The openworld FPS Homefront: The Revolution was thought to be dead by many when THQ closed the previous development studio and sold the IP to Crytek in 2014.
…and then it was thought to be dead again when Crytek failed to pay its staff and announced that “internal restructuring” forced them to sell the IP to Koch Bros.
Now, finally some good news for anyone that’s been holding on in the hopes that this game would break ground soon. Being developed by Deep Silver, Homefront: The Revolution has reared its head again in a more emotional trailer dubbed “Thank You.”
Homefront takes players through the Greater Korean Republic’s takeover of the United States. Philadelphia serves as the primary operating base for the GKR, and the story of guerrilla warfare begins among the Pennsylvanian residents.
Since the Deep Silver take over, a greater focus has been placed on co-op — letting players build their own Resistance Cells by recruiting more fighters and gathering supplies.
The game promises to not play like a standard FPS.
“this is no linear shooter; learn the art of guerrilla warfare and use ambush, infiltration and hit and run tactics against your foe in thrilling un-scripted firefights” – Gamescom 2015 press release
Homefront: The Revolution is slated to release sometime in 2016 on Mac, PC, PS4, and Xbox One, but no specific date is certain as of yet.
In the 74th annual general meeting and Q&A session between Nintendo and their shareholder, Shigero Miyamoto addressed the upcoming Legend of Zelda for the Wii U.
While the game was broadcasted at E3 as an “open world” game, Miyamoto stated that he would “prefer not to use the generally used term ‘open world’,” and that “there is a large world in which players can do numerous things daily.”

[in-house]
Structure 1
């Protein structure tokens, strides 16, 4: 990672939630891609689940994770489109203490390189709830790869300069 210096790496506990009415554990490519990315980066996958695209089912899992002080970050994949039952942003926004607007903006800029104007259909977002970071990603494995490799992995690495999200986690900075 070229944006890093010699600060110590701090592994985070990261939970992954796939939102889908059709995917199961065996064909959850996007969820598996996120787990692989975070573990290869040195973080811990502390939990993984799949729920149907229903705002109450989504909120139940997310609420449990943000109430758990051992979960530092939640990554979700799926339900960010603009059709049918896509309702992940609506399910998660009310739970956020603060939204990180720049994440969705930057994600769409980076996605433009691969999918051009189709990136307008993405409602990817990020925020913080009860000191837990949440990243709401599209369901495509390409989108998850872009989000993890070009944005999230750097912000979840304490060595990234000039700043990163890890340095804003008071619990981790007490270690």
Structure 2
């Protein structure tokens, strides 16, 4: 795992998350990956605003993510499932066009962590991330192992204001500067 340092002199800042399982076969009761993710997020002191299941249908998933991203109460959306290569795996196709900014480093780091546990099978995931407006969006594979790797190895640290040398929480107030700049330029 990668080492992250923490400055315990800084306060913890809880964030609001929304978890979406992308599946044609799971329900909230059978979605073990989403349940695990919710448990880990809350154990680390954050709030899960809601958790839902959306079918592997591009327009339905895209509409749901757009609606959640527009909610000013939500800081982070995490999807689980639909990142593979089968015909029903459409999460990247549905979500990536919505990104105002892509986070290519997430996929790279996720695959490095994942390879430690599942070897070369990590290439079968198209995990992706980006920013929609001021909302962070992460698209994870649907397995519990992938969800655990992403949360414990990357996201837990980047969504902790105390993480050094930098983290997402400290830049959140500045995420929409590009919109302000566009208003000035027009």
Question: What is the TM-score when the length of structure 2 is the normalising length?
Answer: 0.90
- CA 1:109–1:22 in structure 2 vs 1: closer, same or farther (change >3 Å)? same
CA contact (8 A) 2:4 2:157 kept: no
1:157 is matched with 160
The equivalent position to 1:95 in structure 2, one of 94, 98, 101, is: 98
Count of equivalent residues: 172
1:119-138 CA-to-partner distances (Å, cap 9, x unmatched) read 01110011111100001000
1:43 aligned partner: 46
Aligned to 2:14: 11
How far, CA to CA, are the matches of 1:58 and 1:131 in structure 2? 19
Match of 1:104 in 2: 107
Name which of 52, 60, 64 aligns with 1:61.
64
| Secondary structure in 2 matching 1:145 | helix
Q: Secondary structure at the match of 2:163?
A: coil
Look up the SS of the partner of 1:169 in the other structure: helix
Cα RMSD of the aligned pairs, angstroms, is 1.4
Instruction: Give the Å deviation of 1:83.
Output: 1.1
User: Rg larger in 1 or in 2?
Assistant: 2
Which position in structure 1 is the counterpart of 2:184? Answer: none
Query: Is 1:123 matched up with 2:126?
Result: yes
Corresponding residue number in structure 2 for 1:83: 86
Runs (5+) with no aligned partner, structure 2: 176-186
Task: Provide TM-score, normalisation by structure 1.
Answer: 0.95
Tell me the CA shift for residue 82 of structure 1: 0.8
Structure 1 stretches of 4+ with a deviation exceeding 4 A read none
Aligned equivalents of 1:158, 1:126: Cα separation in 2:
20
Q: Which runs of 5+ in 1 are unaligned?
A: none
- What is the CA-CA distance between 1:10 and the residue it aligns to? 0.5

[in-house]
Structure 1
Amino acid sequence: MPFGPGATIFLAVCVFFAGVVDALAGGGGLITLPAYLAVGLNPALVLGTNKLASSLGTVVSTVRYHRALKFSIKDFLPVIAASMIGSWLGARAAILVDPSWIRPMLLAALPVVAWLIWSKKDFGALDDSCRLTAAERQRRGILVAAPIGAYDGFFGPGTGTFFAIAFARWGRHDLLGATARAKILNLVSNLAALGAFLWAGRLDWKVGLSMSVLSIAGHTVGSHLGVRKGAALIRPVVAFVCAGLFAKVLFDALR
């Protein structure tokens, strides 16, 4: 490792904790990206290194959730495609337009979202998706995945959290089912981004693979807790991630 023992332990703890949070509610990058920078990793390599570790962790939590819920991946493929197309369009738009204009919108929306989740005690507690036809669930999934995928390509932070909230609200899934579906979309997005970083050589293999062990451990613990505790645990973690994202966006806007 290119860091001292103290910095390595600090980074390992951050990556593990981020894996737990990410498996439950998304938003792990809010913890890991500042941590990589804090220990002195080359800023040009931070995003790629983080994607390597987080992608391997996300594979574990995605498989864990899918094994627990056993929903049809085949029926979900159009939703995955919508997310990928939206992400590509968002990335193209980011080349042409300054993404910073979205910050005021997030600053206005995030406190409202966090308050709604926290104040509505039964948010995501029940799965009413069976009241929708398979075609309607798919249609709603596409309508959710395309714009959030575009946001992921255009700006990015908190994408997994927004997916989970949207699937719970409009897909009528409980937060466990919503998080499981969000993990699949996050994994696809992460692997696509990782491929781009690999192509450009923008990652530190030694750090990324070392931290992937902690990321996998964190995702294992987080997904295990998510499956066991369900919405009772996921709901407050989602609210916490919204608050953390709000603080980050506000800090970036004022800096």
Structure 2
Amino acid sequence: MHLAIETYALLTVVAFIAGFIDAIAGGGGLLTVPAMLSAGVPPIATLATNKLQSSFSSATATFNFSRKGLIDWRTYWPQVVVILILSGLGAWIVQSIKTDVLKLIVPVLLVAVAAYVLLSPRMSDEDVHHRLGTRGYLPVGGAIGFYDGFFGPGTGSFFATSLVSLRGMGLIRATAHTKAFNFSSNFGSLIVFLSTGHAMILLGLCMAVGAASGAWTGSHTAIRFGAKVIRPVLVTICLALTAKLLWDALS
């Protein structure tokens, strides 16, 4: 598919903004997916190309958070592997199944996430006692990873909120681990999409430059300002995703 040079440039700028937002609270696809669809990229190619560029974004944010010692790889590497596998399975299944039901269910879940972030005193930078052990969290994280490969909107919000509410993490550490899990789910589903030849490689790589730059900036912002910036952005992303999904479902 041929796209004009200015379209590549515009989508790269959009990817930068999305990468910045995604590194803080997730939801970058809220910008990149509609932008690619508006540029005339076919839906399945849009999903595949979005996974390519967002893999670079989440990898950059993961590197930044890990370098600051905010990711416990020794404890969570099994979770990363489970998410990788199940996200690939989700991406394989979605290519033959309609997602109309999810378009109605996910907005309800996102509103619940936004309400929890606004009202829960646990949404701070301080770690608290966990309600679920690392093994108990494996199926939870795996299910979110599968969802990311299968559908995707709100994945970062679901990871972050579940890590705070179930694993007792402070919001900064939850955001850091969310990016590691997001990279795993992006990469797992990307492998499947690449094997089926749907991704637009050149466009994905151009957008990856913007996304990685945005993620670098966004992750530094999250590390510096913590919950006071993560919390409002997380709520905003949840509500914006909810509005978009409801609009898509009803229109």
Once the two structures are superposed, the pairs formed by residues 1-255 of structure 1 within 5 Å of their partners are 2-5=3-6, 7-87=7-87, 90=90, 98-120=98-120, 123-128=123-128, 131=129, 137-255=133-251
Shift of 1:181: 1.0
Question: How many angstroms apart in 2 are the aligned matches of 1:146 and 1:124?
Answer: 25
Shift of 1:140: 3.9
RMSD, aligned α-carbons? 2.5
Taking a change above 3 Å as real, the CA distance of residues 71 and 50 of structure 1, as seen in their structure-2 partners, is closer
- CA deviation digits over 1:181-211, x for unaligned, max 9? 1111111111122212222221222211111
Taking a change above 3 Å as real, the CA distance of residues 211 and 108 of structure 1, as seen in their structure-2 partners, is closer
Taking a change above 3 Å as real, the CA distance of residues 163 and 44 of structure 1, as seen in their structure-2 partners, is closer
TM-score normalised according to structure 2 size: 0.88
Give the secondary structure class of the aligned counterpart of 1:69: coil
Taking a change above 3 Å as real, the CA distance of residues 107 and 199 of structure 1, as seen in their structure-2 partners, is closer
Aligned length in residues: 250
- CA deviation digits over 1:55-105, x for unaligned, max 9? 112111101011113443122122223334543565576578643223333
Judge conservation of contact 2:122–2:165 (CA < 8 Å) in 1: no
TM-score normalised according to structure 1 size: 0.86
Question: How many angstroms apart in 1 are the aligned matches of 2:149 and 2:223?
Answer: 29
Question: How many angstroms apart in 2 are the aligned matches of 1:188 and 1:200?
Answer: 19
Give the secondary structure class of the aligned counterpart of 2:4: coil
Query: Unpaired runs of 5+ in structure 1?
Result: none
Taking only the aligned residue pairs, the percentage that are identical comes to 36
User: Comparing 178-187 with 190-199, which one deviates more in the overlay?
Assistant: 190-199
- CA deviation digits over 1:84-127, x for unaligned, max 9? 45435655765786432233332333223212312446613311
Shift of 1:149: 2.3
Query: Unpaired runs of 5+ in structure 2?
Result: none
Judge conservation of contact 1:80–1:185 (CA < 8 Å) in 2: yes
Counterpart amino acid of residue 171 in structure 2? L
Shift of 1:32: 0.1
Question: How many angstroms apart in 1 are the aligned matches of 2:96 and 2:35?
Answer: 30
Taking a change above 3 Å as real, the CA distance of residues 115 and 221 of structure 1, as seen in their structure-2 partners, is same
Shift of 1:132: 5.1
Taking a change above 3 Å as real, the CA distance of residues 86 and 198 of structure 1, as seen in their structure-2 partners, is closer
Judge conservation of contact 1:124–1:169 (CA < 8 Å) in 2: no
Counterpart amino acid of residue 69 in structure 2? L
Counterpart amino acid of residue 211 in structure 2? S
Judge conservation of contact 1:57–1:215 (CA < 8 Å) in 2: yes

This could be a question mark to the direction of the game, but he went on to explain that he is trying to shift the focus in attitude players may take when approaching the new Legend of Zelda.
“In the traditional “The Legend of Zelda” series, the player would play one dungeon at a time. For example, if there are eight dungeons, at the fourth dungeon, some players may think, “I’m already halfway through the game,” while other players may think, “I still have half of the game to play.” We are trying to gradually break down such mechanism and develop a game style in which you can enjoy “The Legend of Zelda” freely in a vast world, whenever you find the time to do so.”
This idea appears promotes an attitude that hints that their idea of open world may not be as similar to other such games. Miyamoto concluded his response by mentioning that they look to evolve the Legend of Zelda series for the Wii U — likely to try and conform to a format of gameplay that is prominent today, yet adding their own personal touch.
So, yes, you can go to those mountains over there, but maybe not right away.